• 1. GDP growth rate. Overall total gross domestic product growth for 2015 will likely be 2.5 percent, according to The Haverford Trust Co., a Philadelphia-based wealth and advisory firm. The 2.5 percent forecast follows a 2.4 percent GDP rate in 2014, but it still remains below a more historically normal 3.5 percent growth rate. A key driver of this year's growth is the consumer – after all, consumer spending accounts for roughly 70 percent of U.S. economic growth.

Confidence in U.S. Banks Low but Rising

Source: Gallup, Jun Category: Banking Industry
  • Seven years after the worst financial crisis in the U.S. since the Great Depression, the percentage of Americans expressing "a great deal" or "quite a lot" of confidence in banks remains low (28%), but this is higher than their 21% confidence in 2012.
  • About half of Americans (45%) have "some" confidence in banks, while 26% have "very little" confidence or none at all.
  • These results are based on a June 2-7 Gallup poll that included Gallup's latest update on confidence in U.S. institutions. Like confidence in nearly every other major institution Gallup has tested, Americans' current confidence in banks is below the 1979-2015 average of 40%.
  • Since the worst of the financial crisis has passed, those watching the markets and the economy have been waiting for one thing: inflation . And at least one economist thinks inflation might already be here.
  • So far, of course, there's been no inflation to be found anywhere. "Core" inflation - which excludes the more volatile cost of food and gas - has been running at around 1.7% or so over the last couple years, below the Federal Reserve's 2% target.
  • But looking at consumer prices isn't enough. What really needs to be in place for prices to take off are wages, which have also been more or less flat compared to consumer prices over the last several years.

Should you use your credit card to tip?

Source: CBS News Category: Credit Card News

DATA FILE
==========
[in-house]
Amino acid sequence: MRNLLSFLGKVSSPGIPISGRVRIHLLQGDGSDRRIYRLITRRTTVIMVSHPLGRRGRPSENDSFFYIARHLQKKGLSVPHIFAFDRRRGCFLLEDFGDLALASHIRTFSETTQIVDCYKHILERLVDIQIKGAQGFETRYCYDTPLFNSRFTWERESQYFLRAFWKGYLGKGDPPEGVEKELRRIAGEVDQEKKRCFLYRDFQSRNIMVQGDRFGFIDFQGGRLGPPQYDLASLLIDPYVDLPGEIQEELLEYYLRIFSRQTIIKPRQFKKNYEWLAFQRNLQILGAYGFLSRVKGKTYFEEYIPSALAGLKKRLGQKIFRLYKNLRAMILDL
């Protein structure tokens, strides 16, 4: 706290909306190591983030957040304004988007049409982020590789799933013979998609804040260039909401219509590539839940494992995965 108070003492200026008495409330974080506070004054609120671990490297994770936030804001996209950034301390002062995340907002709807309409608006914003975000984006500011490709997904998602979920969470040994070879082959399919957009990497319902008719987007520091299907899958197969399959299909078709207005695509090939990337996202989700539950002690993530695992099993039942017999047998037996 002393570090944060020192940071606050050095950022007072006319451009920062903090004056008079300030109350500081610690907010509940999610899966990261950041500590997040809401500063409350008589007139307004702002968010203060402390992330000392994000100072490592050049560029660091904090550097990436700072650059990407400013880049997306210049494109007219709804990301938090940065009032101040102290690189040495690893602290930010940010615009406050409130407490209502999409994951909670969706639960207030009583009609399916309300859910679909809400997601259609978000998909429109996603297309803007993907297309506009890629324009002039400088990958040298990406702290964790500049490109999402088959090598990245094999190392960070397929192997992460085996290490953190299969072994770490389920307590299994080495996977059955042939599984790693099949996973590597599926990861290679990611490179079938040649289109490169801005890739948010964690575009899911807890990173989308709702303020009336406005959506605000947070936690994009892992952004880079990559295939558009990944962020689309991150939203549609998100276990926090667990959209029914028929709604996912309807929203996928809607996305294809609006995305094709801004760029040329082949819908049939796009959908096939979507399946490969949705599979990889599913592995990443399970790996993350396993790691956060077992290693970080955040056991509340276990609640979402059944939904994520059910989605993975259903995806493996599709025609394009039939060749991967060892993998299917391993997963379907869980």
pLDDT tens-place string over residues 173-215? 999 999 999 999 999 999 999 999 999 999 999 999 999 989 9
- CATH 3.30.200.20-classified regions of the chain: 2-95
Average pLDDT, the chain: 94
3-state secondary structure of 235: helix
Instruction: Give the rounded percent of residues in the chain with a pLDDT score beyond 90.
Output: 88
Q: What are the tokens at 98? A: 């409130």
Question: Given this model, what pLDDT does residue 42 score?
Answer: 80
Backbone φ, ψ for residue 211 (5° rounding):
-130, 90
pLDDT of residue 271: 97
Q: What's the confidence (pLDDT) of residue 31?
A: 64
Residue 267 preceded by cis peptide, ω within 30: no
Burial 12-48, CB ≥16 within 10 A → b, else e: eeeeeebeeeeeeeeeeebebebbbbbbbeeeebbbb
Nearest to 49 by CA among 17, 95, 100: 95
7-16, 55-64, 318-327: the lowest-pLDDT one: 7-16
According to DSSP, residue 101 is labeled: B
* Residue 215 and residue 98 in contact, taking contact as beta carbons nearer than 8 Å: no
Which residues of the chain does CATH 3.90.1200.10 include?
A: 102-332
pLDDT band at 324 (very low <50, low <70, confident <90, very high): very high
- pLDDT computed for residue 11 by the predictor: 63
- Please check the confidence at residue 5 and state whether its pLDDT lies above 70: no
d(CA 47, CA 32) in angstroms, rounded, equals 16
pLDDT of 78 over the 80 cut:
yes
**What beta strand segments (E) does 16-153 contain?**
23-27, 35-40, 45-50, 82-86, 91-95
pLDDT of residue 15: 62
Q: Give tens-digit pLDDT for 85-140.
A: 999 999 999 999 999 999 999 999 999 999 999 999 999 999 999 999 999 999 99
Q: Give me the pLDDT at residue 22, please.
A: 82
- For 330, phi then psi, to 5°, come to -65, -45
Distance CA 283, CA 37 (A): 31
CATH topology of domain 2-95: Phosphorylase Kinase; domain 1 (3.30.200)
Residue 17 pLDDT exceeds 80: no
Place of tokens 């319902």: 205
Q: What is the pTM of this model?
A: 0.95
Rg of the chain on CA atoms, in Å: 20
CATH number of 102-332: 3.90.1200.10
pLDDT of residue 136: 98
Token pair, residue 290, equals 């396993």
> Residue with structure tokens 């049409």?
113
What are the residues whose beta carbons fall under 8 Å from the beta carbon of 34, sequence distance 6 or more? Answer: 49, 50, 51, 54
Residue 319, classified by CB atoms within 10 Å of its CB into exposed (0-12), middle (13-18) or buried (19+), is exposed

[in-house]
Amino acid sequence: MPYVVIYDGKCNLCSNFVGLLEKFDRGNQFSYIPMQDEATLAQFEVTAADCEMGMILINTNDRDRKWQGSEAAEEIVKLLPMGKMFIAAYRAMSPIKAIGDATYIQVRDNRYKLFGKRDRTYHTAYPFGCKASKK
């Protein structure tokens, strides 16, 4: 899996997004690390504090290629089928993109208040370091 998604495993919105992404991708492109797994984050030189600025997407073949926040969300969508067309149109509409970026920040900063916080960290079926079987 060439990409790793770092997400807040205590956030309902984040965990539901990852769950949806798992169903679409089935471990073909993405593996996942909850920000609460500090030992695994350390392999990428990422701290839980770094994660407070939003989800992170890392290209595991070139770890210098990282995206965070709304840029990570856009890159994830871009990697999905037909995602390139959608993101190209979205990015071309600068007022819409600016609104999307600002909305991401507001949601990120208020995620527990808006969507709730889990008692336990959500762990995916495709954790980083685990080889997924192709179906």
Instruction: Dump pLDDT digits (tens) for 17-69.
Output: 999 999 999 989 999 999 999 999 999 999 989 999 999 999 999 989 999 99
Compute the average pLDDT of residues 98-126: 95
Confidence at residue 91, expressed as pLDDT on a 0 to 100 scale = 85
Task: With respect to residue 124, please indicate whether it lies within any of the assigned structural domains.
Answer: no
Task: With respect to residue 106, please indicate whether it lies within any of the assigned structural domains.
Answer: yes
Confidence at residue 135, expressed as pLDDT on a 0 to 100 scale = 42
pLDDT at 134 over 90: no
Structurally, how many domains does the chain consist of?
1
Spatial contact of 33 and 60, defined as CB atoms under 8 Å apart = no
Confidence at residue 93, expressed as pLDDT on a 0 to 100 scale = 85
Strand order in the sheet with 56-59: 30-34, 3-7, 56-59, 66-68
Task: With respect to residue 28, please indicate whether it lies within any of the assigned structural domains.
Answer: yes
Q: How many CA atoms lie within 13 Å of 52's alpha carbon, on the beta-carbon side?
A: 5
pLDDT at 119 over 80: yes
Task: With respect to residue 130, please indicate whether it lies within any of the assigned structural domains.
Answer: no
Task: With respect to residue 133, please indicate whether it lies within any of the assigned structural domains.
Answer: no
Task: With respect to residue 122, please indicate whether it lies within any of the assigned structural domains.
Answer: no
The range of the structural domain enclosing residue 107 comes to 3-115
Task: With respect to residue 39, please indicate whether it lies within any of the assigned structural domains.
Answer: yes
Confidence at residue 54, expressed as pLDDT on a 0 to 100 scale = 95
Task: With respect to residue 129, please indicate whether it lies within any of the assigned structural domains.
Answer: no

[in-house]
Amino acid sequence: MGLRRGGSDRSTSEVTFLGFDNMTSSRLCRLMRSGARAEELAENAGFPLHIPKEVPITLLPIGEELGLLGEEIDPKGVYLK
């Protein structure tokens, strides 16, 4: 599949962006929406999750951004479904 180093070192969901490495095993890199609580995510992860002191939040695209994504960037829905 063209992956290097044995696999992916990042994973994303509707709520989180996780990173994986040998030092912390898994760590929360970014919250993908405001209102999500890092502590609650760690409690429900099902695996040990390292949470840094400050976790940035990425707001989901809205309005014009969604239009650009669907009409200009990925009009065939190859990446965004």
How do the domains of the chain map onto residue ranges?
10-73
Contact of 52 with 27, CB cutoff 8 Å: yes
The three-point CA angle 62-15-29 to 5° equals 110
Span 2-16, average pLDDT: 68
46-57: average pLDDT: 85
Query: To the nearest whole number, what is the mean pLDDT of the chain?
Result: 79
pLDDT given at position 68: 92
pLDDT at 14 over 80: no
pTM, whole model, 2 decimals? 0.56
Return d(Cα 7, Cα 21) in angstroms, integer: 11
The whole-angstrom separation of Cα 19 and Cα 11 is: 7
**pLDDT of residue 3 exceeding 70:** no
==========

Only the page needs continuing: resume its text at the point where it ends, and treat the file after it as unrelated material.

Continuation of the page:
• You have two options for tipping at a restaurant: Tipping in cash or including the tip on your credit card. (Notice that there is no third option to not tip at all. Don't be a cheapskate.) Is it better to tip with cash or with a card? That depends on the perspective involved.
  • From the viewpoint of the server or person being tipped, cash is generally preferred. That is not just because a less scrupulous server may skip reporting some cash tips as income and evade taxes. Merchants have to pay a small fee to the credit card company for each payment that is processed. Some restaurant owners deduct a portion of those fees from your server's tip, reducing the amount that you intended to leave for them.
  • There is also a time lag associated with the tips based on credit cards. The restaurant manager/owner must check the receipts and determine how much cash your server is owed for the tips on their shift. Servers may have to wait for some time after their shift is over to receive their tips, which can be troublesome if your server needs to be somewhere else quickly after work for a family obligation or second job. In other cases, the tips are added onto the paycheck, which can cause a cash-flow problem for your server.
  • The use of bank branches fell by 6% last year as customers channelled more transactions over phone networks and the internet, according to a report published on Sunday that predicts the use of smartphones and tablets will usurp branches this year.
  • It insists, however, that banks are not giving up on bricks and mortar altogether despite a wave of closures and job cuts in recent years.
  • The British Bankers’ Association (BBA) and the consultants EY point to a new wave of digital technology that banks are preparing to adopt. Among the ideas is one of Halifax to create a wristband that can check the wearer’s identity using their heartbeat. Royal Bank of Scotland has already introduced some fingerprint verification.
  • Job openings in the healthcare industry soared in April to a new record high in more than 14 years of data, while hiring barely budged. It's great news for industry professionals who are seeking work or a pay raise. Here's how much those help-wanted ads have been on a tear:
  • The 910,000 listings in the healthcare industry almost doubled the 513,000 who were added to payrolls, meaning there were about 1.8 jobs available for every person who was hired. Across all private employers, that ratio tilted in the job seeker's favor for the first time ever in April, as openings outpaced hires by a rate of 1.05. Take a look at the relative tightness in the health-care jobs market, compared to all industries, with a reading of 1 here showing the listings on par with new staff: